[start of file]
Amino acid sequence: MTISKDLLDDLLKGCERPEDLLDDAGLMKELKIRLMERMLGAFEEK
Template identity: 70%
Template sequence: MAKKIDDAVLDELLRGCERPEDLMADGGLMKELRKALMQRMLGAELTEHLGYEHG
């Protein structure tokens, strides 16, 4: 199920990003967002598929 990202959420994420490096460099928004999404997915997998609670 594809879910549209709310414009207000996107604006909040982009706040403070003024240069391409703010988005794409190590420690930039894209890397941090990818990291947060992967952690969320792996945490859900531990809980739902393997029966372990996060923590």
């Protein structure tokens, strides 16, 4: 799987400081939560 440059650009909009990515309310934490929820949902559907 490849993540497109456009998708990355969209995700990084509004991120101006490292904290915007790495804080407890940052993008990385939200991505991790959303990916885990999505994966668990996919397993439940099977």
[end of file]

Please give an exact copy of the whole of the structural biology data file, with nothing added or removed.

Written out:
Amino acid sequence: MTISKDLLDDLLKGCERPEDLLDDAGLMKELKIRLMERMLGAFEEK
Template identity: 70%
Template sequence: MAKKIDDAVLDELLRGCERPEDLMADGGLMKELRKALMQRMLGAELTEHLGYEHG
């Protein structure tokens, strides 16, 4: 199920990003967002598929 990202959420994420490096460099928004999404997915997998609670 594809879910549209709310414009207000996107604006909040982009706040403070003024240069391409703010988005794409190590420690930039894209890397941090990818990291947060992967952690969320792996945490859900531990809980739902393997029966372990996060923590």
């Protein structure tokens, strides 16, 4: 799987400081939560 440059650009909009990515309310934490929820949902559907 490849993540497109456009998708990355969209995700990084509004991120101006490292904290915007790495804080407890940052993008990385939200991505991790959303990916885990999505994966668990996919397993439940099977």